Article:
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Chess Lessons: Solving Problems & Avoiding Mistakes

Nivå C-D
Utgivelsesdato Juni 2018
Pris 250 NOK
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Gledelig nok hadde supertreneren og forfatteren Dvoretsky skrevet ferdig to bøker til før han døde i 2016. Her er den ene, og det er bare å glede seg og gyve løs for alle skikkelig interesserte sjakkstudenter fra ratingnivå cirka 14-1500 og oppover.

Forlagets egen omtale:

“Success is a collection of problems solved.” – I.M. Pei, Architect

In this, his penultimate work, legendary chess instructor Mark Dvoretsky (1947-2016) explores identifying and dealing with problems on the chessboard.

“While working on the games that I have included in this book, I have sought to uncover their core ideas which are important for a chessplayer’s improvement and demonstrate them as vividly as possible. Those may include both approaches to playing out certain typical situations and mastering various positional and tactical ideas, as well as improving technical skills and training an ability to search for decisions and to make them on the basis of the precise calculation of variations.

“The last two parts of the book are devoted to the specific forms of training that I routinely use during my lessons: analysis of games in the form of solving a string of consecutive tasks and playing out of certain specially selected positions.

“I hope that this book will be of help not only to high-ranking players at whom it is primarily aimed, but also to every reader who is serious about self-improvement and wishes to understand problems that grandmasters and masters face over the board and the ways they solve them; what are the reasons for errors they sometimes commit and how to avoid those mistakes.”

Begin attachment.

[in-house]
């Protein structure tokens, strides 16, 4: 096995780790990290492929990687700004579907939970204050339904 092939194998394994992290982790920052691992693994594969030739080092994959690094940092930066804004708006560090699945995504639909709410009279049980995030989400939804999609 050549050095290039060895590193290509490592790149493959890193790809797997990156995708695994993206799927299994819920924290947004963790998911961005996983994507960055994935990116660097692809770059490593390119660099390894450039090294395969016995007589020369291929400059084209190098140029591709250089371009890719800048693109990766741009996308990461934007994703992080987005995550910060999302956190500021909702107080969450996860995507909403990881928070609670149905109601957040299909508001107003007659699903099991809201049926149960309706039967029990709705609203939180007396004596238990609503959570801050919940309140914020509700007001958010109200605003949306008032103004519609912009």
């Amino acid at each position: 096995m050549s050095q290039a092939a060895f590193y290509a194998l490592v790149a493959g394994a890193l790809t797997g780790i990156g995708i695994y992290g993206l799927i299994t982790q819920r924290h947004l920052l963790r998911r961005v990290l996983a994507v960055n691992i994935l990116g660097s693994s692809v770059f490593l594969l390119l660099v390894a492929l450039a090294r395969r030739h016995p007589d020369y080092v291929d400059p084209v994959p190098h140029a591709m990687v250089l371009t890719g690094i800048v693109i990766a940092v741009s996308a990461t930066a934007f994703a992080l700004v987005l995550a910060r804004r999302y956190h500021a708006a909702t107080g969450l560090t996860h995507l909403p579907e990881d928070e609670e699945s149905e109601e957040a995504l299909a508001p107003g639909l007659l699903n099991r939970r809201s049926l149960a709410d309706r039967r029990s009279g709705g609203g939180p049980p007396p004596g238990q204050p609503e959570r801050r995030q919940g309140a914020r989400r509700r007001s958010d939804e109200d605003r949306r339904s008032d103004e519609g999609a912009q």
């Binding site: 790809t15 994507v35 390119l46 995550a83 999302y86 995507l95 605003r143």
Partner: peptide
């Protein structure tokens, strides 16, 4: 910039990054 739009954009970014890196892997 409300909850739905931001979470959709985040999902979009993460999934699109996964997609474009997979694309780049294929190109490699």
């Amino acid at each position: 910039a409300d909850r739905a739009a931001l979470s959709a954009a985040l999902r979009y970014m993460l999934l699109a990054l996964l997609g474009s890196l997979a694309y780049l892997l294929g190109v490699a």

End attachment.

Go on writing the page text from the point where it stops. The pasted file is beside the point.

– Mark Dvoretsky, from his Foreword

Mark Dvoretsky is considered by many the premier chess instructor of our era. His works on the middlegame and endgame have set the standard by which other chess books are measured.


Part 1 Lessons from a Certain Game Winter-Alekhine 9 Disastrous Consequences of Playing for a Draw from the First Moves 16 Passivity in the Opening 19 Symmetrical Structure of the Exchange Variation of the French Defense 24 Queen and Rook on an Open File 26

Part 2 Positional Games A Transit Square 32 Exchanges during Attack and Defense 34 Training an Ability of Quick Perception 37 A White-square Game 46 Overestimating Your Position 51 Once Again about Being Over-optimistic 58 Intuition and Calculation 67

Part 3 Discussions in the Opening Fascinating Classics 79 Two Failures of Eugenio Torre 87 A Stumbling Block 97 Unobvious Candidate Moves 100 Table of Contents

Part 4 The King in Peril At the Crossroads 112 Computer-like Moves without a Computer 118 Attacking with Energy and Precision 123 A Song Unsung 135 Who Is Attacking Here? 147

Part 5 Under Fire In Houdini’s Footsteps 155 A Possibly Sound Exchange Sacrifice 1 166 Whose Risk Was Greater? 177 Cold-blooded Defense 185

Part 6 Games with Questions First-Move Advantage 198 Offensive and Defensive Miscues 208 Do You Know How to Exchange? 216 Offensive Skills 229 A Fight between Equal Opponents 241

Part 7 Playing-out Everything Is More Complicated than It Seems to Be 254 A Fork in the Road 256 Saving a Difficult Position 259 A Sharp Attack 263 A Quick Crush 269